by Michael S. Kaplan, published on 2010/05/20 07:01 -04:00, original URI: http://blogs.msdn.com/b/michkap/archive/2010/05/20/10013737.aspx
This is not something I have talked about very much.
I mean, I mentioned it a little bit in UCS-2 to UTF-16, Part 10: Variation[ Selector] on a theme... a while back.
And if you look far and wide, you may find additional odd mentions from time to time.
Those funky characters that are meant to be invisible but if they happen to be there and are on a magical list, combine with the previous character to change the appearance of it to make it look different in some way.
Now to whatever extent I jumped the shark on Unicode it wasn't UTF-8S (now called CESU-8) or variation selectors, it was emoji.
But it was very nearly variation selectors....
And not really variation selectors per se; it was much more
Ideographic Variation Sequences.
which, with UTS#37 (Unicode Ideographic Variation Database) define a method by which Unicode, the standard that encodes scripts not languages which therefore cannot encode any random variation of a character, defines a means by which anyone who is dealing with CJKV who has some money and wants to encode their specific graphical forms of already encoded ideographs can basically do so, with minimal oversight compared to the process by which new characters and scripts are usually encoded.
If you think about this and decide it sounds like a train wreck waiting to happen, then you know how I feel....
Now the recent Unicode Technical Committee meeting just happened included an interesting point:
What was that thing King Canute was saying about laws to sweep back the tides?
I can't remember, exactly.
But I look forward to the first time something is rejected that is part of a set that one side feels is not an overlap, is not the same ideograph. And the fact that this mechanism meant to minimize the need for oversight now requires a whole lot of people to be watching things to avoid the duplication that this whole approach seems architected to allow.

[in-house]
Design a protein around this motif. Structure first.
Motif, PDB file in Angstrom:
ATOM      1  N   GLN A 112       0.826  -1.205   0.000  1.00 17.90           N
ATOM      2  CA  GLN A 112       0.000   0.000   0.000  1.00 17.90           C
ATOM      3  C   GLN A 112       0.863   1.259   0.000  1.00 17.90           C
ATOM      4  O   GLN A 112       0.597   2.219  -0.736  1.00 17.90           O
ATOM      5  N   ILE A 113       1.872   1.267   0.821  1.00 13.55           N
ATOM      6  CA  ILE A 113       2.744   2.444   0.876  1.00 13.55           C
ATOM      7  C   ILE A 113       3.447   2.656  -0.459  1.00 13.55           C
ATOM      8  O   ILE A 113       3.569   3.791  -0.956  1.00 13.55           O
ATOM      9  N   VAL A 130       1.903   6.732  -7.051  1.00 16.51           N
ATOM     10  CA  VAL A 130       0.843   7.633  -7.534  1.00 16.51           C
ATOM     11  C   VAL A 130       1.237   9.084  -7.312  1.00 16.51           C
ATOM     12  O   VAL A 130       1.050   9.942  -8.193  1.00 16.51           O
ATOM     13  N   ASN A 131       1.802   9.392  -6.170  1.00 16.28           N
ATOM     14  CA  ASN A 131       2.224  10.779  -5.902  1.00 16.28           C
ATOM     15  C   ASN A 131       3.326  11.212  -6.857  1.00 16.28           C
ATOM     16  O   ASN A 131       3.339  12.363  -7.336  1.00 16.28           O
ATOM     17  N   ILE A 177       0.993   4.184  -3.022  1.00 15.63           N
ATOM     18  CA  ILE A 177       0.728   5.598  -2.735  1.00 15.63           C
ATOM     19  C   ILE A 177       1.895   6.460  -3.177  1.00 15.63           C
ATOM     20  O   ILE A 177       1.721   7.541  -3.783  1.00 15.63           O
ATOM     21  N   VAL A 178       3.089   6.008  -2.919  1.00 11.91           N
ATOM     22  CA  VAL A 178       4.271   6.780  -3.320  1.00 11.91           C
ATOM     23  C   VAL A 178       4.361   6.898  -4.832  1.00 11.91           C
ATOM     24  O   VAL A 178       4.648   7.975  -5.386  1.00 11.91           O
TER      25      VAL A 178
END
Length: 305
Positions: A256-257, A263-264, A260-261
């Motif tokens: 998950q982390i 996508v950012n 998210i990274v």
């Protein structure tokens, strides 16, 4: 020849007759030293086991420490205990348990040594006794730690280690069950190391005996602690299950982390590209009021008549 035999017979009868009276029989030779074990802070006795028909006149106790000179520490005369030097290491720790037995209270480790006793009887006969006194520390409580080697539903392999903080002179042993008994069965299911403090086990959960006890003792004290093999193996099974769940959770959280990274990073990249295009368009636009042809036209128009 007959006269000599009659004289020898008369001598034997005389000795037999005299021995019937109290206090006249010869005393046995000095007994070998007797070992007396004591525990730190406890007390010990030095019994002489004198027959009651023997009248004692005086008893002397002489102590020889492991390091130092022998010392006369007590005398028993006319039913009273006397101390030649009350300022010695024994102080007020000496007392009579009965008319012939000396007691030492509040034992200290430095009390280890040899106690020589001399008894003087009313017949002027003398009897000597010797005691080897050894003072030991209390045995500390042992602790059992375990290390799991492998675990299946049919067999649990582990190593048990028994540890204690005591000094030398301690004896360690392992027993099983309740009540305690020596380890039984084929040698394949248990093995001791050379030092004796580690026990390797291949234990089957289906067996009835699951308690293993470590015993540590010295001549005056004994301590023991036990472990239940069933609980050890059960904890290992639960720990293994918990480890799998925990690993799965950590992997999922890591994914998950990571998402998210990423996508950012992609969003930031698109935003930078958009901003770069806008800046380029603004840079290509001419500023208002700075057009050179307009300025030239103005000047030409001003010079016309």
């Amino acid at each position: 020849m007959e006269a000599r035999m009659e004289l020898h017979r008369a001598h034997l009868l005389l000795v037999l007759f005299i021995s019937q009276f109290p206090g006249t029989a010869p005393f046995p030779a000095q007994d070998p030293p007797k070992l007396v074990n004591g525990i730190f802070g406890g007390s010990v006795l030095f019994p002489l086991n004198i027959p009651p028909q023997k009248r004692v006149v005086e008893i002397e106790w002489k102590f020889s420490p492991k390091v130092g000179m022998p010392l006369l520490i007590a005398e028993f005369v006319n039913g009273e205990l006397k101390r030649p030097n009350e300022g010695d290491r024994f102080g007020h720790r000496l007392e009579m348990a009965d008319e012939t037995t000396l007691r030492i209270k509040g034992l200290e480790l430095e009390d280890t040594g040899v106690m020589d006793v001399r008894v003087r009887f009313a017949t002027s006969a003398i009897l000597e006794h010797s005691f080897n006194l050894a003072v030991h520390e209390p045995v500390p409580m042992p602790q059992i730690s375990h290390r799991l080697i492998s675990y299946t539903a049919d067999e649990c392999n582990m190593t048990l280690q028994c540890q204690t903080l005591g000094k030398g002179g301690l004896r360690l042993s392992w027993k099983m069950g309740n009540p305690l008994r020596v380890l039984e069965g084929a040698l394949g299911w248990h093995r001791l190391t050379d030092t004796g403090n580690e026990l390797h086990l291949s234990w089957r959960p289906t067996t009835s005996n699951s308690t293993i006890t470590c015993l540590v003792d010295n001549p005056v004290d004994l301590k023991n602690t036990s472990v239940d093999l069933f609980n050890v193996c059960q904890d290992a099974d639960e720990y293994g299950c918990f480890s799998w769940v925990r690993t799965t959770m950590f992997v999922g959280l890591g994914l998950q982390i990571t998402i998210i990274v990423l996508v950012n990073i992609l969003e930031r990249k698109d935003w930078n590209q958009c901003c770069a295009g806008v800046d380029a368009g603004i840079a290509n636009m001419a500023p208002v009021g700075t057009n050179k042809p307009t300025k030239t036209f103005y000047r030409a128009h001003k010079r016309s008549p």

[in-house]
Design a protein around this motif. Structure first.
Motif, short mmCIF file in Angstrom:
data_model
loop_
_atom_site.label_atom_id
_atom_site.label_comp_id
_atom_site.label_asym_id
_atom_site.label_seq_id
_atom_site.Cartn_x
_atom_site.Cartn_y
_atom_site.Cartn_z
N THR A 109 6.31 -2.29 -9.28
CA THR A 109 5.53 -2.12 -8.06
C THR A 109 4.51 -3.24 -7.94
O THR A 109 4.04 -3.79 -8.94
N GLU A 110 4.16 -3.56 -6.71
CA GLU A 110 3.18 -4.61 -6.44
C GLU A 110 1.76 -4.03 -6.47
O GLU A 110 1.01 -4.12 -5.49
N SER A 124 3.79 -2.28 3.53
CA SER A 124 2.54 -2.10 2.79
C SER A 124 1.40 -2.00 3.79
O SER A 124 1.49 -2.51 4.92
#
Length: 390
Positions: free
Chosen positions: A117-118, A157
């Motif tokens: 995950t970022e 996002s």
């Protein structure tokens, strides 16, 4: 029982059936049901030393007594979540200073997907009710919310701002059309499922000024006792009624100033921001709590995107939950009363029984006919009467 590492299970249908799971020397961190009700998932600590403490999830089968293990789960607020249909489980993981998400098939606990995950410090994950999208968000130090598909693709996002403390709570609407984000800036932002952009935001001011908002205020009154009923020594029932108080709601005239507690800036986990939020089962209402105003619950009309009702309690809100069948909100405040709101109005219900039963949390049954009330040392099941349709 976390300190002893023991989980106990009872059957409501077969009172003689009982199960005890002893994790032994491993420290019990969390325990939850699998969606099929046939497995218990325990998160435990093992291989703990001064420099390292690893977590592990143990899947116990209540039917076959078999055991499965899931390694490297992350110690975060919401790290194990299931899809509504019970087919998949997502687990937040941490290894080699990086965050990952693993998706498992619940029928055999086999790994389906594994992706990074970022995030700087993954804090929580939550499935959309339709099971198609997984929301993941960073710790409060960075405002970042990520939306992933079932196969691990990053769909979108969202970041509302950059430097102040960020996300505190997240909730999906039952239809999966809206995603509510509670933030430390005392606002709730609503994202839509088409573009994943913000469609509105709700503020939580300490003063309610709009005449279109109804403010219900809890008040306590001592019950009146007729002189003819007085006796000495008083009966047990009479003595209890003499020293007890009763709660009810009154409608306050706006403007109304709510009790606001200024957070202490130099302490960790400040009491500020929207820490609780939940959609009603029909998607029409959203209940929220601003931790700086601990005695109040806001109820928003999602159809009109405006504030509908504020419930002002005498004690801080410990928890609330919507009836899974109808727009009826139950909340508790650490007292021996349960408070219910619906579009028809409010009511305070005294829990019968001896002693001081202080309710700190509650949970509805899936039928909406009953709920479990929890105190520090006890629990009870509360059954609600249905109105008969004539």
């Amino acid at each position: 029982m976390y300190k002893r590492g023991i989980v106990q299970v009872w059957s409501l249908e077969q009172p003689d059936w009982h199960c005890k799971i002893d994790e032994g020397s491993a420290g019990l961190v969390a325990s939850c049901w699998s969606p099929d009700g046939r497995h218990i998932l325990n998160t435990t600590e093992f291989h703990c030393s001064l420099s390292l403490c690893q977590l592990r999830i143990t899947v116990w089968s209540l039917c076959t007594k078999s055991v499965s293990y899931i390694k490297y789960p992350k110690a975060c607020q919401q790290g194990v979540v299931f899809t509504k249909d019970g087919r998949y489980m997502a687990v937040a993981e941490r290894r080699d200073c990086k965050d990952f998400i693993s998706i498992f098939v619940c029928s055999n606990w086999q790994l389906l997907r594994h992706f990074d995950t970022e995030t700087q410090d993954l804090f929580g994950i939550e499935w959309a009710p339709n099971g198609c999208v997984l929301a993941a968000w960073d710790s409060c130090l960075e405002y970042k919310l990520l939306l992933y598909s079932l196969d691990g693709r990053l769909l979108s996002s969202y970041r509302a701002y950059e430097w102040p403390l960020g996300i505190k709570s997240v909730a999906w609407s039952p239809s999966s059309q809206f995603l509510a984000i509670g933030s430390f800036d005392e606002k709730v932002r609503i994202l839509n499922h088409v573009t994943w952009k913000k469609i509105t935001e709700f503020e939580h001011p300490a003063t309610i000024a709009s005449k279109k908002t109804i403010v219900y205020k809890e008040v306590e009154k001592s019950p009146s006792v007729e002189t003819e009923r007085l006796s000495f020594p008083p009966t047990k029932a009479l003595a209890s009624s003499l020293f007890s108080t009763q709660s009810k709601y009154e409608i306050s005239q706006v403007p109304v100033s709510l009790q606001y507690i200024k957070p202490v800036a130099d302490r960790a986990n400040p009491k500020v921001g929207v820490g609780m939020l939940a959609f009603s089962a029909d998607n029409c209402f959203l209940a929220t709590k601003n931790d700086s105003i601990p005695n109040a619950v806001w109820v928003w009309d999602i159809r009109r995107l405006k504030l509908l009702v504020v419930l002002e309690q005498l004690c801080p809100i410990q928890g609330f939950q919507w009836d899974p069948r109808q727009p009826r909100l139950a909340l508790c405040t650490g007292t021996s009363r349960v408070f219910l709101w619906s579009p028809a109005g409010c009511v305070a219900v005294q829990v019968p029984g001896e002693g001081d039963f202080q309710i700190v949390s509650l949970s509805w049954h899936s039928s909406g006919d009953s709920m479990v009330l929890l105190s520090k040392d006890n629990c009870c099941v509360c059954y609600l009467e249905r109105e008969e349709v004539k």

Now when I say I look forward to this, I was being sarcastic. It actually makes me somewhat happy I don't have to be in those meetings anymore, even though usually I tend to miss them a bit....
Michael S. Kaplan on 22 May 2010 8:28 AM:
From Ken Lunde (sent via e-mail during the blog upgrade):
What is missing from the context with regard to getting two registrants to agree on sharing authority for the same IVS, meaning that the IVS is shared by more than one IVD Collection, is that this is done only if the affected IVD Collections are deemed parallel in their intent. This was discussed at the UTC meeting that resulted in the UTS #37 changes. The registered Adobe-Japan1 IVD Collection and the submitted Hany-Denshi IVD Collection are largely parallel, so depending on your point-of-view, the worst possible scenario happened, or the best possible scenario happened. In other words, it forced the UTC to take action on an issue that was inevitable. For example, if Hong Kong were to submit an IVD Collection, there'd be little need to coordinate or share IVSes, even if some of the glyphs happened to look the same, because they have different intents (they are intended for a different locale).
Michael S. Kaplan on 23 May 2010 9:10 AM:
This still seems to me like a train wreck, since collections that come up later won't have the benefit of this, and registrants who don't want to "share authority" won't choose to do so (and the IRG won't be around to enforce togetherness of essentially identical ideographs)....
Michael S. Kaplan on 27 May 2010 12:48 AM:
It would seem that there are some people out there who shared my worries about the general direction of variation sequences who welcome the opportunity for more oversight in cases where duplication can be avoided (see the miraicorp tweet here, for example:
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